Pug, a thirteen-year-old boy in Westside, Baltimore, wants nothing more than to join the 12 O’Clock Boys, a motorcycle gang named after the audacious wheelies they pull while riding illegally through neighborhood streets and sidewalks, chased by police cars and helicopters. Looking beyond the sensational and harrowing stunts of the riders, director Lotfy Nathan focuses on the pivotal adolescent moments of an impressionable and determined youth growing up amid family tragedy and community turmoil. Pug’s own narration, alternately swaggering and poetic, illustrates his consciousness forming within the constructive and destructive forces of the riding subculture.
FILMMAKER IN PERSON!
LOFTY NATHAN (director), 26, is a filmmaker and visual artist based in New York. He has received the Grainger Marburg Travel grant, fellowships from the Garrett Scott foundation, Compound group, IFP Doc Lab, & IFP Spotlight. 12 O’Clock Boys is his first feature-length documentary.
Video artist Shannon Plumb directs herself, her husband, and her two towheaded boys in a whip smart exploration of one woman’s search to define herself outside of marriage and motherhood. Replete with skillfully executed prat falls and visual gags recollecting an age of silent comedy, Plumb creates a world where the ridiculous blends seamlessly with the sincere as Penelope stumbles her way through a not quite midlife crisis.
(MoMA FSLC New Directors/New Films 2013)
Throughout Richard Nixon’s presidency, three of his top White House aides obsessively documented their experiences with Super-8 home movie cameras. Young, idealistic and dedicated, they had no idea that a few years later they’d all be in prison. This unique and personal visual record, created by H.R. Haldeman, John Ehrlichman and Dwight Chapin, was seized by the FBI during the Watergate investigation, then filed away and forgotten for almost 40 years. Our Nixon is an all-archival documentary presenting those home movies for the first time, along with other rare footage, creating an intimate and complex portrait of the Nixon presidency as never seen before.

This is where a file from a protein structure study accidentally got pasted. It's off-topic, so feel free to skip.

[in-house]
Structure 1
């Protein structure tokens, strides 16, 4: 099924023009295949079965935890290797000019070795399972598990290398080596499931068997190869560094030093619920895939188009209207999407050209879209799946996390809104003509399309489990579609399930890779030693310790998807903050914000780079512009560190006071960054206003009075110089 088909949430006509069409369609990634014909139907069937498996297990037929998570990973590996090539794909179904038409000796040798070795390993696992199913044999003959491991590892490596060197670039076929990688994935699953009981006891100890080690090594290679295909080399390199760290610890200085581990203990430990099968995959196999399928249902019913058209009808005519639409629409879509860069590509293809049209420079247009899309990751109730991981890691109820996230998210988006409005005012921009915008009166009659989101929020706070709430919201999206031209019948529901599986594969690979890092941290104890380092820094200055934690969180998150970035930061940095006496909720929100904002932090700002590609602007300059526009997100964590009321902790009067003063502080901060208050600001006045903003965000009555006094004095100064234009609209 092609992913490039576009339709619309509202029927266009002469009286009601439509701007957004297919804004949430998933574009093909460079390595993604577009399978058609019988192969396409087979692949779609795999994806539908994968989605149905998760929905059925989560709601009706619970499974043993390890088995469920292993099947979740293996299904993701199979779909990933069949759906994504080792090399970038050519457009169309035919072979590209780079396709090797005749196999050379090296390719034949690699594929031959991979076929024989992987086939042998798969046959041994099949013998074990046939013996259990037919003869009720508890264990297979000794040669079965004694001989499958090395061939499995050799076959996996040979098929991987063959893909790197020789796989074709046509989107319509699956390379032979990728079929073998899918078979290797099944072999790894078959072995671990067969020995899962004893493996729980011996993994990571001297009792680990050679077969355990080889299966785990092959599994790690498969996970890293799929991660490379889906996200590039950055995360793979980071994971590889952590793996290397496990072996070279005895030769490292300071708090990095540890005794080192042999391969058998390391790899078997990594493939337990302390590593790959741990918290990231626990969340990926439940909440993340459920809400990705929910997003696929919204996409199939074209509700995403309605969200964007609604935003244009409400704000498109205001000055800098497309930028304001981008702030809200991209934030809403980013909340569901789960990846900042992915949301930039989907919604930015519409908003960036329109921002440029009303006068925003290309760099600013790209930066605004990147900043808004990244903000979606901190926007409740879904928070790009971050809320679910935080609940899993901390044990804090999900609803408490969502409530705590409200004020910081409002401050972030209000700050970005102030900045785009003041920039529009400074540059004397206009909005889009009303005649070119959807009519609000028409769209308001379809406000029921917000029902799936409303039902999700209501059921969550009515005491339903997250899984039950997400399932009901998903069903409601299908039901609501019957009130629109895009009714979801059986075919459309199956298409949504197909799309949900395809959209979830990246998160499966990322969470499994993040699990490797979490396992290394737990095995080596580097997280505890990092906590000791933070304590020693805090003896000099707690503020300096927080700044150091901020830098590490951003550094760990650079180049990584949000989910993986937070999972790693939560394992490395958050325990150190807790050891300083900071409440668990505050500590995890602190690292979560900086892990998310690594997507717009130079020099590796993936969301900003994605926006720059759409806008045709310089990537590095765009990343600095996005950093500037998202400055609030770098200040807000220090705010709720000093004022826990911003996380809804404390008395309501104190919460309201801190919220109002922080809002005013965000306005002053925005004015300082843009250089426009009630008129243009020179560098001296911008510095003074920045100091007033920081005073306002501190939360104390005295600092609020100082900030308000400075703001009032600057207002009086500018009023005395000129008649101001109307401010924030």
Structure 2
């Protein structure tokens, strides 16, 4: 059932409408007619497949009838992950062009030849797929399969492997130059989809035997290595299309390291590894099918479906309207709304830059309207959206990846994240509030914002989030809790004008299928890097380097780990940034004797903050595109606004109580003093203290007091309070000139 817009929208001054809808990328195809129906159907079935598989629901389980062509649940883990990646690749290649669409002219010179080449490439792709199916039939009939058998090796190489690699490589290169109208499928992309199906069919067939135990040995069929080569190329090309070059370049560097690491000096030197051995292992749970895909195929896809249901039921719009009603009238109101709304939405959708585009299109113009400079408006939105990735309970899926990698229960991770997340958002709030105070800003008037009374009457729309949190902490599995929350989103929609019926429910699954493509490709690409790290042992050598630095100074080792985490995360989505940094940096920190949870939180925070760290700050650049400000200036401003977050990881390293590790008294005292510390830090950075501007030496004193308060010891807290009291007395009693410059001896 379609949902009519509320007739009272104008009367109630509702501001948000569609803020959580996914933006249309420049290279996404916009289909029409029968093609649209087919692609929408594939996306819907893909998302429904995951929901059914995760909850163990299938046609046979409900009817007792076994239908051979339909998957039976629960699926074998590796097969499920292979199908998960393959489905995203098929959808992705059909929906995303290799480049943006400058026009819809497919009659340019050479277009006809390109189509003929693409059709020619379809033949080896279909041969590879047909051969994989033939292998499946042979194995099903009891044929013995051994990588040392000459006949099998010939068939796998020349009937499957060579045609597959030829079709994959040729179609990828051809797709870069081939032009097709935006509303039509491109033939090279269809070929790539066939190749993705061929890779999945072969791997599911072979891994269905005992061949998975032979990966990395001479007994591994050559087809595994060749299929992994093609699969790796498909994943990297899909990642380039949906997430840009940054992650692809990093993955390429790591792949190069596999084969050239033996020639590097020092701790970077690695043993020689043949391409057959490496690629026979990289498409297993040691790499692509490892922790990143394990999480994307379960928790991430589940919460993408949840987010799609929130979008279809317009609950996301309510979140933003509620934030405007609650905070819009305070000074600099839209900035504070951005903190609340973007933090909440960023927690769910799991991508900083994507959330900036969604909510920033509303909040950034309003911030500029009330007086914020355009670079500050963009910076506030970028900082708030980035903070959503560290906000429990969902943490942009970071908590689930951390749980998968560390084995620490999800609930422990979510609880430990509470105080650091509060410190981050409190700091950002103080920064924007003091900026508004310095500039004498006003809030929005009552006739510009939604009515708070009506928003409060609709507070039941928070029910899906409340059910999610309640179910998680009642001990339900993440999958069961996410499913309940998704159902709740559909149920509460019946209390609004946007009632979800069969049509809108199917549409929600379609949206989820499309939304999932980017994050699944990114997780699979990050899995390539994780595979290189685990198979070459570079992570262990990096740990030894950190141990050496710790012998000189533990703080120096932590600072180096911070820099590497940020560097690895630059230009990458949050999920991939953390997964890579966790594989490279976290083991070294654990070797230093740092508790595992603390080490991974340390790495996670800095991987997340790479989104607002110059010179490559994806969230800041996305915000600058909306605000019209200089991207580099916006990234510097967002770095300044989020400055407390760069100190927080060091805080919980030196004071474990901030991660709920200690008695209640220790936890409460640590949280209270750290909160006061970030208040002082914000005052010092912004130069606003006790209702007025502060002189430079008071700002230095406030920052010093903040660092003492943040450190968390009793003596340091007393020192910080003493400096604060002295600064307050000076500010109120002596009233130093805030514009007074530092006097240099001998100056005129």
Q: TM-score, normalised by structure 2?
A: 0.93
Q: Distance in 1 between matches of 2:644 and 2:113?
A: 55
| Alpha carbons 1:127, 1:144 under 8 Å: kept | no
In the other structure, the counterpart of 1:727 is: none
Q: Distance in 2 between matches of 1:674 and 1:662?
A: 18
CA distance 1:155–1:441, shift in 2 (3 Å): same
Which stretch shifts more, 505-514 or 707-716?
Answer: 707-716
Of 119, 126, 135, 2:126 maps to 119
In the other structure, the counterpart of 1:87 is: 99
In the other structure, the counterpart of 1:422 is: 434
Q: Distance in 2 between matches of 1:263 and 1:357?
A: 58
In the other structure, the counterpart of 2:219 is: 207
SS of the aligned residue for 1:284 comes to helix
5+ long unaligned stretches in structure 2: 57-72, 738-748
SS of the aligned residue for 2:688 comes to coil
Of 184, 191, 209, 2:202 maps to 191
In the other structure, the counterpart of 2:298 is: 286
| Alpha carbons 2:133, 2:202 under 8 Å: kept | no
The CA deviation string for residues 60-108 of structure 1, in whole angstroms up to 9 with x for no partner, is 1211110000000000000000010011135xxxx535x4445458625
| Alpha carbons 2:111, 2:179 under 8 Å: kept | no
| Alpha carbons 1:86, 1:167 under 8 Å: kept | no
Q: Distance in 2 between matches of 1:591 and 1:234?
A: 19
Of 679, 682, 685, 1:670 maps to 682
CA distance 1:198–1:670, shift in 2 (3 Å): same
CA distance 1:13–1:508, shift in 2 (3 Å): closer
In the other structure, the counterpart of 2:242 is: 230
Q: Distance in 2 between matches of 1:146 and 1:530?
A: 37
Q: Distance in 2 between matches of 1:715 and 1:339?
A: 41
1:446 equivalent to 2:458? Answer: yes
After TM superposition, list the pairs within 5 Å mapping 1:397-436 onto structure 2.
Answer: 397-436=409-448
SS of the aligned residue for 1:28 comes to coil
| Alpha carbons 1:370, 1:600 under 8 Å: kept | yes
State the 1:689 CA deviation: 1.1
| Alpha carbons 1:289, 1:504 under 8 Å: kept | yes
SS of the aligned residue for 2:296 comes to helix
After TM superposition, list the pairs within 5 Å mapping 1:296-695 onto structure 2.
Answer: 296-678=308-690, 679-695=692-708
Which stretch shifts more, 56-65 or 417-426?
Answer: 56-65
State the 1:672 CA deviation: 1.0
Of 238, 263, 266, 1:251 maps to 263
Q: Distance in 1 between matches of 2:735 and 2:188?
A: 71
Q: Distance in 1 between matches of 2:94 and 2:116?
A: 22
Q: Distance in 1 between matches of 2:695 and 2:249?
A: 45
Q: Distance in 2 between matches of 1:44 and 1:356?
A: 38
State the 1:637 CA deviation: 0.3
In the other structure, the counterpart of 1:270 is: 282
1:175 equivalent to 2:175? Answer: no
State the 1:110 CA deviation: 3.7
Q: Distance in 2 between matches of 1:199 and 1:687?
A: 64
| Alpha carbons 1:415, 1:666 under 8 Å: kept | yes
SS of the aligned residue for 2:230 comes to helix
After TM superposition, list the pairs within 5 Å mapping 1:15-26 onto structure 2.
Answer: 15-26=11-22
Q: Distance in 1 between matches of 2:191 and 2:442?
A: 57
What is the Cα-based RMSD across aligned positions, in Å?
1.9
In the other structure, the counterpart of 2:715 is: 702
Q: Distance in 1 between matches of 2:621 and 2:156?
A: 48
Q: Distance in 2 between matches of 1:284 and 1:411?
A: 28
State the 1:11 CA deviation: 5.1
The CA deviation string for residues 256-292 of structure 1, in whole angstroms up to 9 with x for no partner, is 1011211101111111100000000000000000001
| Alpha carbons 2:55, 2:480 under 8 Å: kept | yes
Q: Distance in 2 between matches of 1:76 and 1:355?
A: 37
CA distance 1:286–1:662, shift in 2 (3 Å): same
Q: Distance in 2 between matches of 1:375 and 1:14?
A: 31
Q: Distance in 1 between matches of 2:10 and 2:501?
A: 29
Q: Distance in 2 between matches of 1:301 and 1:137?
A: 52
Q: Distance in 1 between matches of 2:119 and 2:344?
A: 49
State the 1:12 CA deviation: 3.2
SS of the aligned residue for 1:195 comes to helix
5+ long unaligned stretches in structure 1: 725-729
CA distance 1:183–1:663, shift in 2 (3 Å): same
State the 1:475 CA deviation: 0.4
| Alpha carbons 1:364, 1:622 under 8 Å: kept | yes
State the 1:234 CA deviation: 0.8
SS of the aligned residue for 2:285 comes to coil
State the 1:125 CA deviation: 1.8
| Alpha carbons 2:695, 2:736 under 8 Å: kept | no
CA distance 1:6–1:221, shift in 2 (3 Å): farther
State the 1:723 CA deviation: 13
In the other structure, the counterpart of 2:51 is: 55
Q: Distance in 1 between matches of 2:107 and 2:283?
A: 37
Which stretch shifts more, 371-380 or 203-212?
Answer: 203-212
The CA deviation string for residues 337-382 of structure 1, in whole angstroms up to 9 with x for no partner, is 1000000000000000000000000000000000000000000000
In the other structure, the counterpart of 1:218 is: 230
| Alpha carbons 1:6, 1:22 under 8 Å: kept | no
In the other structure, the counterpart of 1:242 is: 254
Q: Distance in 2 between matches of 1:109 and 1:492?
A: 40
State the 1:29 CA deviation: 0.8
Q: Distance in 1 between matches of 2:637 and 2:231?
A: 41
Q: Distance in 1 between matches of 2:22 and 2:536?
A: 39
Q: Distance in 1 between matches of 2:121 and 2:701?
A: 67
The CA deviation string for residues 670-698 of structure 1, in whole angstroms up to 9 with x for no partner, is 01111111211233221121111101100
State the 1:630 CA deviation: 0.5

(SXSW 2013, Ann Arbor Film Festival 2013)
FILMMAKER IN PERSON!
BRIAN L. FRYE (producer) is a filmmaker, writer, and professor of law. His films explore relationships between history, society, and cinema through archival and amateur images. Brian’s experimental films have been shown by The Whitney Museum, New York Film Festival, Pacific Film Archive, New York Underground Film Festival, San Francisco Museum of Modern Art, The Warhol Museum, Chicago Filmmakers, Pleasure Dome, Media City and Images Festival. His films are in the permanent collection of The Whitney Museum. He is a Creative Capital grantee and was named one of Filmmaker Magazine’s “25 New Faces of Independent Film” in 2012
When Taryn, a Northern Irish runaway, finds herself in trouble in Ocean City, Maryland, she seeks refuge with her aunt and uncle in Baltimore. But Kim and Bill have problems of their own: they are trying to handle the end of their marriage gracefully for the sake of their daughter, Abby, just home from her first year of college. I Used to Be Darker is a story of people finding each other and letting each other go; of looking for love where they have found it before; and, when that does not work, figuring out where they might find it next.
(Berlin 2013, Sundance 2013)
FILMMAKERS IN PERSON!
NED OLDHAM (actor, musician) formed the art-punk band Languid and Flaccid with Slint-to-be members Brian McMahon and Britt Walford in 1981. Since then he has performed and recorded with an amazing cast of musicians including David Grubbs, Jason Lowenstein, Mick Turner, Jim White, David Heumann, Matt Sweeney, and his two younger brothers, Paul and Will “Bonnie ‘Prince’ Billy” Oldham. In 1994, he formed The Anomoanon with Aram Stith, Jack Carneal and Willy Maclean, and over more than a dozen releases explored psychedelic folk rock territory to critical acclaim in the US and abroad.
JACK CARNEAL (actor, musician) is a writer, teacher and musician living in Baltimore with his family. He began playing drums in Richmond’s nascent punk and new wave scene in the late seventies while still in middle school. In the early nineties he formed a band with Ned Oldham and friends that became the Anomoanon. After a stint living in rural Mali, Carneal began a non-profit label called Yaala Yaala Records, focusing exclusively on the music of rural Mali. All profits are funneled back to the musicians. Jack’s writing has recently appeared in McSweeney’s Lucky Peach magazine and in the online arts journal Bluepenny Quarterly. He is a Lecturer in English at Towson University.
Friday, June 14 11:30 PM
Anomoanon (Live at Zanzabar)
PLEASE NOTE: THIS EVENT DOES NOT TAKE PLACE AT THE CLIFTON CENTER
Ned Oldham, Jack Carneal, Willy Maclean and Aram and Jason Stith formed the Anomoanon in late 1994, therein cobbling together some of the first rumblings of a rambling, rocking psychedelic music richly rooted in traditional rhymes and balladry that set the stage but then veered away from the oncoming freak folk scene. Anomoanon recordings and performances often included brothers Will and Paul Oldham and other guests. Over the course of a dozen releases, about half the time, the songs are the lyrics and music of Ned, and the other half using lyrics borrowed from old–ancient–texts: the earthy (and worldly) poems of the fifteenth-century poet Francois Villon and several evocative forays into the wildly beautiful and sweetly brutal rhymes of Mother Goose. Live shows blend the material, uniting the threads in an electrified southernish rock band, tight in the way only long, slow-baked musical relationships can become knit. The Anomoanon has always been a bit out of step with the time–both visionary and deeply ancient.